Navy Designs New Amphib

USS San AntonioThe Navy is evaluating designs, costs and specifications for a new class of amphibious assault ships designed to replace the current fleet of cargo-carrying LSD 41/49 dock landing ships, service officials said.

The existing fleet of dock landing ships, which function in a key cargo-carrying capacity as part of an amphibious ready group, will be nearing the end of their expected 40-year life span in coming years, said Marine Corps Maj. Gen. Robert Walsh, director of the Navy’s expeditionary warfare division.

“It is not often you replace a ship class,” he said.

Slated to be procured in 2020 and enter service by 2026, the new LXR amphib will need to function with more autonomy than its predecessor and be able to conduct what’s called disaggregated operations apart from an amphibious ready group.

The LXR will need more aviation, command and control and medical technologies compared to existing LSDs, Walsh explained.

“The LSD’s we’re replacing were meant to be the trucks – heavy cargo capability for the [amphibious ready group]. It has a landing platform but it doesn’t have a hangar and an aviation deck,” he said. “Due to the concept of operations we are under today, it needs independent capability. It needs to have aviation capability and be able to go somewhere and take helos with it. It needs an aviation detachment and be able to do the maintenance.”

The Navy used to be able to deploy ARGs with up to five ships at one time, however the fleet is no longer the size it used to be in the 1980s and the service is working on a strategy to get by with three ships per ARG and  as few as 33 amphibs overall.  As a result, the Navy needs more ships that have the technological ability to operate independently of an ARG if need be.

“When it comes to amphib forces, quantity does matter.  We’ve got to have the numbers to be able to do the things we want to be able to do. We are trying to recapitalize the LSD force,” Walsh said.

The Navy has completed its initial capabilities document for the LXR and recently finished an Analysis of Alternatives, or AoA, wherein service engineers, experts and acquisition professional explore options for the ship.

Results of the AoA determined that the Navy is considering basing the construction and design upon the existing LPD 17 amphibious transport dock hull – or designing and entirely new ship altogether.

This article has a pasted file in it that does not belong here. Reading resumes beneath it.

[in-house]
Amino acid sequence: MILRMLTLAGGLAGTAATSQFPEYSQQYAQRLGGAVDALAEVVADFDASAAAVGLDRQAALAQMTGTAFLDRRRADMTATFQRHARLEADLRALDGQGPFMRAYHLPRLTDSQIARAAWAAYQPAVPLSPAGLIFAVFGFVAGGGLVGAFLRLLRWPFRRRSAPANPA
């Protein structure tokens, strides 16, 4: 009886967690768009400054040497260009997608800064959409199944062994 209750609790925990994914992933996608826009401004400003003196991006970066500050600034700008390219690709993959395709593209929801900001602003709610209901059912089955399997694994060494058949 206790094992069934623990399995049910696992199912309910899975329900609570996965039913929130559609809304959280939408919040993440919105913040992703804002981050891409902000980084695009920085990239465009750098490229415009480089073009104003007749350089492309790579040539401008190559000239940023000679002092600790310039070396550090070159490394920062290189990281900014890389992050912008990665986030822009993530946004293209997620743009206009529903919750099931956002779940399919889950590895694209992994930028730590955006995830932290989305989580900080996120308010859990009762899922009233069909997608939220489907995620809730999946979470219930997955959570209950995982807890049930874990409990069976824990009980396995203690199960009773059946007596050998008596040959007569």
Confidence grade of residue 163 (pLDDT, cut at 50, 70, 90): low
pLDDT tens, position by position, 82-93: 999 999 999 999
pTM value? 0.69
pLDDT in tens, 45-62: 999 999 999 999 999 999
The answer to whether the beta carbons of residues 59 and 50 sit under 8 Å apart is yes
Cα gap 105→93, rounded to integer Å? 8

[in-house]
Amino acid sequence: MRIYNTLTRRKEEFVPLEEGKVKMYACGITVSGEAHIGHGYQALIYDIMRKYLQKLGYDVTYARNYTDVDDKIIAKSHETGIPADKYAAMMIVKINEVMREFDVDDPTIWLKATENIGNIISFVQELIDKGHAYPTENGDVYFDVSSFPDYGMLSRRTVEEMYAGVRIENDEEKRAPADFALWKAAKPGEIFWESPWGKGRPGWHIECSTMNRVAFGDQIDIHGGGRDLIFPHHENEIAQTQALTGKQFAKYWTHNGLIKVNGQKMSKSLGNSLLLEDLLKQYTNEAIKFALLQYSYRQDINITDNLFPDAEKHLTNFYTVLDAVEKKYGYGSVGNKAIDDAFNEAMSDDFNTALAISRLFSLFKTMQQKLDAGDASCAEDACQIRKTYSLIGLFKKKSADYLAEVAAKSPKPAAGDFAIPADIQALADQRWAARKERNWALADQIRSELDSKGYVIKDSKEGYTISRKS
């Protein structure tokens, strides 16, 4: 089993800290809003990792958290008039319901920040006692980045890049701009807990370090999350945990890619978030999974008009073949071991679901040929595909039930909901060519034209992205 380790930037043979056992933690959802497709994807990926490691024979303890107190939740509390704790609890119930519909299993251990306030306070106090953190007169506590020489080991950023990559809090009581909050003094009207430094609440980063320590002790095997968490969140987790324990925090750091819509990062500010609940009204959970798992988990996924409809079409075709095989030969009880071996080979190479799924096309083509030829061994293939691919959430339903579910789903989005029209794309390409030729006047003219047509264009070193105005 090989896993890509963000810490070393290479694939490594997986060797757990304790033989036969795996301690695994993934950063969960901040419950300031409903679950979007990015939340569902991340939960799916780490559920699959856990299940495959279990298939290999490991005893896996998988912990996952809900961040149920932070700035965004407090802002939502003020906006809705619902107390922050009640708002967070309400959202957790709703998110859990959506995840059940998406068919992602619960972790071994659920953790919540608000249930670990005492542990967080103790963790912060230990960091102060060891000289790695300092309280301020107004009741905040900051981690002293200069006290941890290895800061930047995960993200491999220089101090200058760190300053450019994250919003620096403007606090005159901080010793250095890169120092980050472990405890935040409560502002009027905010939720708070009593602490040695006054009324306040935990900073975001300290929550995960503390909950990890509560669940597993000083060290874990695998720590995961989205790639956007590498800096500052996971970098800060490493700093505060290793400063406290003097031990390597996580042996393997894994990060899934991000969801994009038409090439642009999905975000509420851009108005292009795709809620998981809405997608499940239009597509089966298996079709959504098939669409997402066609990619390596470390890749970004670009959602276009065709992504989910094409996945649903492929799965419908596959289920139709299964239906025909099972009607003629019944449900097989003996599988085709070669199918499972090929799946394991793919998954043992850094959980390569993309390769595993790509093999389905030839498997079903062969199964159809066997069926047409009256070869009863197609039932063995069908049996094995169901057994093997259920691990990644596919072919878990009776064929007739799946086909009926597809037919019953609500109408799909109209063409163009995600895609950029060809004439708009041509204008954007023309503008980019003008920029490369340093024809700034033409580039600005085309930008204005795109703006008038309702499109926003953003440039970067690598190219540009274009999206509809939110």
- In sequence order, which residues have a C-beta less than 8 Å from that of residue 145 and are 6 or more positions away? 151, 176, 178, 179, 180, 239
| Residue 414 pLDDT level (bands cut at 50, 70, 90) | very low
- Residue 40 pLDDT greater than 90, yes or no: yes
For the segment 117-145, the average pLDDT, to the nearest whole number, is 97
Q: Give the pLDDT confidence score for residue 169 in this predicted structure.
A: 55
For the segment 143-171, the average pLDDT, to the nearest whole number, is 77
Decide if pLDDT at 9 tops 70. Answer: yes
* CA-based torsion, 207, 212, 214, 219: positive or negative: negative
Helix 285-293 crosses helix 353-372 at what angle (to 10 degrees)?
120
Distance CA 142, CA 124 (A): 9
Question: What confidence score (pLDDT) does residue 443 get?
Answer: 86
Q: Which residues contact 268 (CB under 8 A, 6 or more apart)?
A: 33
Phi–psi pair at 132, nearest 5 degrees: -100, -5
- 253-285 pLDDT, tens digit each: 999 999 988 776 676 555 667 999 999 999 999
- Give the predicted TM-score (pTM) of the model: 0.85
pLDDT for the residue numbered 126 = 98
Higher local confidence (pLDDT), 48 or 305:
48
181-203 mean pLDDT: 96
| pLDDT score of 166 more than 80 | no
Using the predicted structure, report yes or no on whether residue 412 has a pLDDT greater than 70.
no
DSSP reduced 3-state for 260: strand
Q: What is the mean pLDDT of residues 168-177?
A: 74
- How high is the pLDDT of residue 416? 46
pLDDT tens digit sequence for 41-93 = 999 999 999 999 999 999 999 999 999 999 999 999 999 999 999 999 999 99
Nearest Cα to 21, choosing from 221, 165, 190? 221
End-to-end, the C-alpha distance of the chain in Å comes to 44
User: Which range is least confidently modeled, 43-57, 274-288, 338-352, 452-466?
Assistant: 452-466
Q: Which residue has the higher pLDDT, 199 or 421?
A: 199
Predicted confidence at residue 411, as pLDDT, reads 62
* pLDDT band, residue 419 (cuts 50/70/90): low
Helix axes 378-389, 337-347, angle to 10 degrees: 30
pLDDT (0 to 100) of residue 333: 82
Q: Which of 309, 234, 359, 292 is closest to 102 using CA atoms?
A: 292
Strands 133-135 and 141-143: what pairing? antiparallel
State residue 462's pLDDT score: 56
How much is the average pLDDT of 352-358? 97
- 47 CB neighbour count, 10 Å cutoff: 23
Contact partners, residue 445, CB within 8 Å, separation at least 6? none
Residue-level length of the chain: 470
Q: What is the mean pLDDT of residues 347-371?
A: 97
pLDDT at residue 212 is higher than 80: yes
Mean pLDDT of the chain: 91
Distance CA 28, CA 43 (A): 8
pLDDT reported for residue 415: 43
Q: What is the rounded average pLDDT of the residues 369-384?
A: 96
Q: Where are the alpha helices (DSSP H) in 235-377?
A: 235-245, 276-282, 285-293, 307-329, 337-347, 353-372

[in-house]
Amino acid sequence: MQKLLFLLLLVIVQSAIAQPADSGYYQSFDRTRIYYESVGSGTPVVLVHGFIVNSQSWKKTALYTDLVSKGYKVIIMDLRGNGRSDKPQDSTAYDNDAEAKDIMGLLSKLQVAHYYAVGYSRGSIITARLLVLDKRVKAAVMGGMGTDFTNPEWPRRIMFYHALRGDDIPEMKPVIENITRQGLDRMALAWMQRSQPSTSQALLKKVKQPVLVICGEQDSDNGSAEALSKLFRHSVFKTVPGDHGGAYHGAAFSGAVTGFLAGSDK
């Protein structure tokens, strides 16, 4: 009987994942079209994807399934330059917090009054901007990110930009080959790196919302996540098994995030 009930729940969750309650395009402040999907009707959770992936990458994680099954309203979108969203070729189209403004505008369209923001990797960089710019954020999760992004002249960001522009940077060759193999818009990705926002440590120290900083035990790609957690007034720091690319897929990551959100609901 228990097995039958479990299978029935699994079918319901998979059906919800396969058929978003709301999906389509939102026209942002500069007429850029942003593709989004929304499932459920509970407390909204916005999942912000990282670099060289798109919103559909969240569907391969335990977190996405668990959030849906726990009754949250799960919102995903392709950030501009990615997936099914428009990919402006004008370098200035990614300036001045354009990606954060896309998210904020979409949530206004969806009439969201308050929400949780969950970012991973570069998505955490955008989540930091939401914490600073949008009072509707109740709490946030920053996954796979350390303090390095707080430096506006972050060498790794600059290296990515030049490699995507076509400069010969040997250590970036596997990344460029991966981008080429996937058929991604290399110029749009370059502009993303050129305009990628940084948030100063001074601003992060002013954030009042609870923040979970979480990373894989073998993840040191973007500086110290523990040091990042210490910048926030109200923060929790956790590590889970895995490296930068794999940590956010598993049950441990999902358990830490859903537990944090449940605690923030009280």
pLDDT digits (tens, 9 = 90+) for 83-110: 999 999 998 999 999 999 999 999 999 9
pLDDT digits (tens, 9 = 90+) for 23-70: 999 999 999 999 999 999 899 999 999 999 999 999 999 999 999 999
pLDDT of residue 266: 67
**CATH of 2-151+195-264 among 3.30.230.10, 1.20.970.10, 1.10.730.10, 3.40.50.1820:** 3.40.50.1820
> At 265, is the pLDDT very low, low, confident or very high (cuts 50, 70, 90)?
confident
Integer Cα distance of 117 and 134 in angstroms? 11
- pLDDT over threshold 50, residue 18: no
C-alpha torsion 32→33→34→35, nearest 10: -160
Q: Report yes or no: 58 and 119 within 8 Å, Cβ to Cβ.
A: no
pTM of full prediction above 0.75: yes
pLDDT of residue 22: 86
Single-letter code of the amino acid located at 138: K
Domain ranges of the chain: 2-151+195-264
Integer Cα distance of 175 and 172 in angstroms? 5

Walsh explained that the AoA wound up reducing the alternatives or options for the LXR from eleven different options down to two options.

Designed to serve alongside 400 sailor-strong LDS dock landing ships in the ARG, the amphibious transport docks, or LPD 17s, carry up to 700 sailors and have a higher degree of aviation and command and control technologies for independent operations, Walsh explained.

The new LXR will need to have the command and control and aviation technology to operate independently while still remaining true to its cargo-carrying mission and be less expensive than an LPD 17.

The 684-foot long LPD 17s can hit speeds of 22 knots and carry four CH-46 Sea Knights or two MV-22 Osprey aircraft. The LSD also travels around 20 knots, however, it is only 609-feet long and not equipped to house aircraft.

Both the LPD 17 and the LSDs have well-decks for amphibious operations along with the ability to launch Landing Craft Air Cushions, or LCACs. The LPD 17 weighs close to 25,000 tons and the LSD is only 16,000 tons. The Whidbey Island class of LSDs can carry and launch up to four LCACs.

The new ship now in development, the LXR, will likely wind up drawing upon elements of both of these amphibious assault ships as the Navy seeks to maximize the performance of the ship while keeping its cost well below $2 billion, the approximate cost of an LPD 17.

“The LPD 17 is just too high-end cost wise when you are looking at replacing the LSD class. We’re working with industry to look at lowering costs for the ship,” Walsh explained.

The Navy has recently awarded two “design for affordability” contracts to two shipbuilders, Huntington Ingalls Industries and National Steel and Shipbuilding Company, or NASSCO. The contracts are aimed at exploring design specifications and technologies best suited for the LXR with a mind to lowering costs while maximizing technical capability, Walsh explained.

Walsh said the Navy is integrating the requirements work with cost analysis in order to ensure that cost goals are not compromised by growing requirements.

About the Author

Kris Osborn
Kris Osborn is the managing editor of Scout Warrior and a former associate editor at Military.com.

25 Comments on "Navy Designs New Amphib"